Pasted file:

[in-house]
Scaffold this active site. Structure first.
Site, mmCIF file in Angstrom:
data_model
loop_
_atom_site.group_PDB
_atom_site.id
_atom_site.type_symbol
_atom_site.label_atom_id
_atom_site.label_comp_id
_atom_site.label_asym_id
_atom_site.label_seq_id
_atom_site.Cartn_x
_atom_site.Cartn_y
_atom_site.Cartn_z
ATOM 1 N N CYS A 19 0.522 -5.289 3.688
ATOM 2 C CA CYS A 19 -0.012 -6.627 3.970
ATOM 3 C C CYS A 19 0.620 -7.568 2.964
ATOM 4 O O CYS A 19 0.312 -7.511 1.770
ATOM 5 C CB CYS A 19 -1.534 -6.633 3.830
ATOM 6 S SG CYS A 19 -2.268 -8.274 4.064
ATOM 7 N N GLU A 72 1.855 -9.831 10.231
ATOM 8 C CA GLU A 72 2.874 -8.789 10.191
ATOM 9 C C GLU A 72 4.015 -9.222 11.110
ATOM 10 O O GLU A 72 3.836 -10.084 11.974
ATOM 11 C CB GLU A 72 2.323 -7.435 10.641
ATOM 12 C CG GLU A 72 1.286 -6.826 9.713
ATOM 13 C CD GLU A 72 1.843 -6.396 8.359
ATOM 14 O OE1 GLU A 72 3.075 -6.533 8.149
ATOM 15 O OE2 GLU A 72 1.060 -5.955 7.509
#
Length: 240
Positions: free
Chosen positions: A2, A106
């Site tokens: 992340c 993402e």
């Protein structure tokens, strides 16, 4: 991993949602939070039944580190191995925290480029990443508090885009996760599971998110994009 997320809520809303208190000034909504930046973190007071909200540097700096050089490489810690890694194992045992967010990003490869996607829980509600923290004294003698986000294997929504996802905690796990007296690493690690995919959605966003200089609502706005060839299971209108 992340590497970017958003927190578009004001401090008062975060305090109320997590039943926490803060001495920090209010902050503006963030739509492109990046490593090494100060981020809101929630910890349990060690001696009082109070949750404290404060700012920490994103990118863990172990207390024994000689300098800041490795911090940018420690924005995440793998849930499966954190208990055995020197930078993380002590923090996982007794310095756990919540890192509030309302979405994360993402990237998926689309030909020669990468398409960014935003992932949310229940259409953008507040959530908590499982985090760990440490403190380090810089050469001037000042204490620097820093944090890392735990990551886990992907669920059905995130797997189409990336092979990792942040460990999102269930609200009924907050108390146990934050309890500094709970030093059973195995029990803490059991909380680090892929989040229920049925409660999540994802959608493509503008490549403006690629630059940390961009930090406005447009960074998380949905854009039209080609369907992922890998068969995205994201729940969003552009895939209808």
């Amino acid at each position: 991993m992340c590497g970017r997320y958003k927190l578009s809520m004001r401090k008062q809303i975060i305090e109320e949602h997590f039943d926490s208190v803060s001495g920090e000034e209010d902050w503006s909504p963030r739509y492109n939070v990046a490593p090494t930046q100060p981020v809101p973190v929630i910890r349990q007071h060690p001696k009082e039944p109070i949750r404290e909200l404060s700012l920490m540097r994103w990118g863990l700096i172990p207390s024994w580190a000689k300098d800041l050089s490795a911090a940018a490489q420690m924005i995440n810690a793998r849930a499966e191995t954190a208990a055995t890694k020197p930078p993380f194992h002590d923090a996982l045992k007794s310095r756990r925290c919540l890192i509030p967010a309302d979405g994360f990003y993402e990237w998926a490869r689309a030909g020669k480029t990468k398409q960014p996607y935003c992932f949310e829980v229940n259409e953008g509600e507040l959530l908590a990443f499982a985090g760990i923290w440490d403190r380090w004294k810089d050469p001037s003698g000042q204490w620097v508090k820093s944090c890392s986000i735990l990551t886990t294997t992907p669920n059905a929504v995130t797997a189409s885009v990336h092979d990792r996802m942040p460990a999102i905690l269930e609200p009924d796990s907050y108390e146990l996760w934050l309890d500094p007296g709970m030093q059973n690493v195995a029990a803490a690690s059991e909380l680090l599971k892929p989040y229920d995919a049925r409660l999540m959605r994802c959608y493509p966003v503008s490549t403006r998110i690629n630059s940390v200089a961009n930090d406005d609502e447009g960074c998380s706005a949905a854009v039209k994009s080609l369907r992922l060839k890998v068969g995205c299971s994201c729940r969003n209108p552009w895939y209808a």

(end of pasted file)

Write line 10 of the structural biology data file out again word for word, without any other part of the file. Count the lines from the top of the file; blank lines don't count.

_atom_site.label_comp_id